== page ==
Leeds Bradford Airport’s plan for a replacement passenger terminal has been approved by Leeds City Council, despite concerns by local MPs and residents about the environmental impact of the £150m (US$209m) expansion project.
“We are delighted that our plans for a replacement terminal have been awarded planning approval by Leeds City Council, enabling us to become an outstanding net zero airport, delivering a much-improved passenger experience and creating thousands of jobs, helping to support our region’s recovery,” said Vincent Hodder, CEO of Leeds Bradford Airport. “We would like to thank those that have supported our application through the statutory process, and we will be consulting with stakeholders over the coming months on the appropriate next steps.”
Hodder’s comments came as Alex Sobel – the member of parliament who represents Leeds North West, where the airport is based – asked the UK government to intervene and overturn the local council’s decision to approve the project.
Sobel told Leeds Live, “I have requested that the split decision of the cross-party plans panel to grant the new terminal and extend flight times at Leeds Bradford Airport be called in by the government. This application was predicated on an expansion of flights equating to three million more passengers annually, which is not in keeping with the sixth and subsequent UK carbon budgets, which call for no net increase in aviation emissions. Nor is it in keeping with the recent Heathrow judgment in the Supreme Court.”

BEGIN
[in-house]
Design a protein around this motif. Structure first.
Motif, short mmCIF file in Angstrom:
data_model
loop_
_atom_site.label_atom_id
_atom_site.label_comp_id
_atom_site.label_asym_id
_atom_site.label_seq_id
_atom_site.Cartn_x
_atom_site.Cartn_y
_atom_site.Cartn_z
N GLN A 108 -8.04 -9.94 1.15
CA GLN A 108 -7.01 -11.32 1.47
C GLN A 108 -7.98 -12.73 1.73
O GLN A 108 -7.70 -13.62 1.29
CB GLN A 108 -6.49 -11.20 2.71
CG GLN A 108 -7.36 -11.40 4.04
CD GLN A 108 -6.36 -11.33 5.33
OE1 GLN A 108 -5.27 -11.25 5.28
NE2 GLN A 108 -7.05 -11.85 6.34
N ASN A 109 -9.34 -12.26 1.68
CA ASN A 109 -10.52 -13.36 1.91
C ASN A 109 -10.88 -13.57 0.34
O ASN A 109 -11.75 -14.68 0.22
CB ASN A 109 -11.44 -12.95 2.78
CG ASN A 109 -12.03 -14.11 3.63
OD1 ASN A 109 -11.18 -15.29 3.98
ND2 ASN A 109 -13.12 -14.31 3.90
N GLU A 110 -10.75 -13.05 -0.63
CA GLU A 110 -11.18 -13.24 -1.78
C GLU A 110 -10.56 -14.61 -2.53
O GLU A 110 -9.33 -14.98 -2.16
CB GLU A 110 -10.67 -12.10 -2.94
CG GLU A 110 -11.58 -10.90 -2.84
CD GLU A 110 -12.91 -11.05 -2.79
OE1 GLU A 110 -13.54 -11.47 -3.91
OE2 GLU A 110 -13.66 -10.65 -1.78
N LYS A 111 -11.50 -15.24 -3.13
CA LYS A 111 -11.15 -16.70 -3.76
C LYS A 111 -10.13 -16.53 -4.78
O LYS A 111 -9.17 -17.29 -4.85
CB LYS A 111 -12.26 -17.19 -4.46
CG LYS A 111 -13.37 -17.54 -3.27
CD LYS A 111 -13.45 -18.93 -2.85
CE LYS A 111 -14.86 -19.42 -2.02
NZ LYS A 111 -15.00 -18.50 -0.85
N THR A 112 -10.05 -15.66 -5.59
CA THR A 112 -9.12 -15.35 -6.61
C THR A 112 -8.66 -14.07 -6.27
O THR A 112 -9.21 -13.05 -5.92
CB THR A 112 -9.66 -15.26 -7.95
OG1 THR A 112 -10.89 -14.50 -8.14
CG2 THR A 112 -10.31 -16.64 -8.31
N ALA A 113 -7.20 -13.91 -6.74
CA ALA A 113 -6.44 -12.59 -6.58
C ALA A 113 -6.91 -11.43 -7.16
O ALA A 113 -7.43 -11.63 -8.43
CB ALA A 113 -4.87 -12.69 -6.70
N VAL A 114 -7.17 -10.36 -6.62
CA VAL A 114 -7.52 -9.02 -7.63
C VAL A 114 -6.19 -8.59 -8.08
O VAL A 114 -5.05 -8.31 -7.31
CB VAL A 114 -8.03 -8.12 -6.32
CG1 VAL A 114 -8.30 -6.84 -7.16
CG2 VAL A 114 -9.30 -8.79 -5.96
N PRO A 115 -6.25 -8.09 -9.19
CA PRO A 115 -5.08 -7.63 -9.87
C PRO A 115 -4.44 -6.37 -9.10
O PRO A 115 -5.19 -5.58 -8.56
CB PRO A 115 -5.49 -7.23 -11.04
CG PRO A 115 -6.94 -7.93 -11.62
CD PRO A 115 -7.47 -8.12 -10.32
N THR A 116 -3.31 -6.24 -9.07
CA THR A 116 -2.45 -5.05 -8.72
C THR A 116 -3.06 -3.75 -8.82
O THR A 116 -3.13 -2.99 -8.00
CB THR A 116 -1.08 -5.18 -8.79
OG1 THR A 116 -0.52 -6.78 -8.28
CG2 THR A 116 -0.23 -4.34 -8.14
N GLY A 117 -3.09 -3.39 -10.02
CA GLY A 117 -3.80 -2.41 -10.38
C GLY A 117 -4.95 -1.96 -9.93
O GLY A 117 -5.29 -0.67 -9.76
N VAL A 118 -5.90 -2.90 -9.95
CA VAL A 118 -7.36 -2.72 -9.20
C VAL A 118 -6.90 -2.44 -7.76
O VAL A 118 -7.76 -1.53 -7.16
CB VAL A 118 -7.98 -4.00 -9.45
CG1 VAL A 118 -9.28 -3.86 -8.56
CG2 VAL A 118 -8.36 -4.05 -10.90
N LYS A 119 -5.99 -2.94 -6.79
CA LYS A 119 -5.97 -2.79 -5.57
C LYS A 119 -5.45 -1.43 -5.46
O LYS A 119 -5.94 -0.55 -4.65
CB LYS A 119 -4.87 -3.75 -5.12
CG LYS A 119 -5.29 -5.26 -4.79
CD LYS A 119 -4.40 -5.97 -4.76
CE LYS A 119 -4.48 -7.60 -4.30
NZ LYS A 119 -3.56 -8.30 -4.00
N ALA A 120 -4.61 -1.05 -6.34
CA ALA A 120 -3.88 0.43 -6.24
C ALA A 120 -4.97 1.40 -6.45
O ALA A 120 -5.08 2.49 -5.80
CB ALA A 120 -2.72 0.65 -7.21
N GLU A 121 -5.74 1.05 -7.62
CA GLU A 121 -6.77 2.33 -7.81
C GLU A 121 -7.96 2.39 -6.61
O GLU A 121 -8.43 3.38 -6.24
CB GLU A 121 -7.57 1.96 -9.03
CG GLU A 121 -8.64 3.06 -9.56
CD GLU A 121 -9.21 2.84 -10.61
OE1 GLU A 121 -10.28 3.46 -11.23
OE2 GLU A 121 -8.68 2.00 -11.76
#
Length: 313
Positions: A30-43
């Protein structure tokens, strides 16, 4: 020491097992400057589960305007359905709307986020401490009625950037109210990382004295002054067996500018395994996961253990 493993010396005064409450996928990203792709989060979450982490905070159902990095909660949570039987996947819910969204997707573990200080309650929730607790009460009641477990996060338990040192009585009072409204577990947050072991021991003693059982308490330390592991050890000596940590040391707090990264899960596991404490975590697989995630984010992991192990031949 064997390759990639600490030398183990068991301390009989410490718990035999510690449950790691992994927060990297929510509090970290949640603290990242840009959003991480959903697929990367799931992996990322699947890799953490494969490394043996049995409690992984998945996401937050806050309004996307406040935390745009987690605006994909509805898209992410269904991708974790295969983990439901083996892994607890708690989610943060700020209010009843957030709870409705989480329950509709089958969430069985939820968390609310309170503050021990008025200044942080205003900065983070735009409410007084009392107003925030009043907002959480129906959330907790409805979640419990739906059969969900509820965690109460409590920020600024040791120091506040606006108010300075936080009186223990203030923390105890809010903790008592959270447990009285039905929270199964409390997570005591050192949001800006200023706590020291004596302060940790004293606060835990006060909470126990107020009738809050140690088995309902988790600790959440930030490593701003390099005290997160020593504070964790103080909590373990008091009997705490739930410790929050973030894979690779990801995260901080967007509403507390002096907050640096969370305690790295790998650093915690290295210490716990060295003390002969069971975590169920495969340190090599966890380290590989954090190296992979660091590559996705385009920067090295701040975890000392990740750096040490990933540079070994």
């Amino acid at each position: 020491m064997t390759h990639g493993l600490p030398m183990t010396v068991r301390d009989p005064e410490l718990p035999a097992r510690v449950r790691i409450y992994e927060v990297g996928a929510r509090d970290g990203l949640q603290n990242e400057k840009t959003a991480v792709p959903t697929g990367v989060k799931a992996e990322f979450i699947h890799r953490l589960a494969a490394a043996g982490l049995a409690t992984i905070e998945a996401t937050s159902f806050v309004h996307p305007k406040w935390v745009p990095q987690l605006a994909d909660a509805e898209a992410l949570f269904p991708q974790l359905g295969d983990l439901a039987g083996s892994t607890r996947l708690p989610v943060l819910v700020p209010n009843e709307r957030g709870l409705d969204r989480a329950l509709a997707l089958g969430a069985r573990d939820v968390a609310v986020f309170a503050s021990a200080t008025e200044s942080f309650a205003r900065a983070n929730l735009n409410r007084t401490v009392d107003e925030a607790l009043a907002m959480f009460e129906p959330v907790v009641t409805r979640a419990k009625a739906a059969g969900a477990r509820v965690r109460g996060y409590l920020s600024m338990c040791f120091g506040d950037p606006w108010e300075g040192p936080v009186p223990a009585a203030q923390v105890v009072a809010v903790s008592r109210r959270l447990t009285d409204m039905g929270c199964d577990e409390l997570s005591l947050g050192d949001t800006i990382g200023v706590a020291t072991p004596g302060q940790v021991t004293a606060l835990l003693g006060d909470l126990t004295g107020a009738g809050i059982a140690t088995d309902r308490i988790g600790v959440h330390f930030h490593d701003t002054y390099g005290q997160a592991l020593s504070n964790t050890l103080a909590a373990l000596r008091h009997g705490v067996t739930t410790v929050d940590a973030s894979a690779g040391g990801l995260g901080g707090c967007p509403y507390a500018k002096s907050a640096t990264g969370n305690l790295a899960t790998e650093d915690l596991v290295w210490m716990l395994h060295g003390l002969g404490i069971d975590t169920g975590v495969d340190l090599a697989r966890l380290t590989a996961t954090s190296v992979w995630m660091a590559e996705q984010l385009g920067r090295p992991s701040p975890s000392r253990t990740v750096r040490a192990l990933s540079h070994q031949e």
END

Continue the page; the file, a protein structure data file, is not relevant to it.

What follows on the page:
He continued, “I do not believe that a local plans panel of 14 councillors is in any way a competent body to be making a decision of this significance. Applications that significantly affect the carbon budget must be made nationally.
“We need a national aviation plan and significant measures to reduce net emissions from UK flights. I look forward to seeing these in the government’s response to the Committee on Climate Change’s Sixth Carbon Budget Report.”
According to the airport, the plans for the new terminal, first announced in January 2020, replace a previously consented scheme and LBA’s existing terminal building with a more efficient and sustainable development, enabling the airport to reach its target of becoming carbon net zero by 2023 for airport operations.
The plans propose the construction of a three-floor, 34,000m2 replacement terminal on an alternative site within the airport’s boundary. Prior to the submission, LBA engaged in an extensive consultative process, with thousands of residents and organizations across Yorkshire providing feedback on the proposed plans.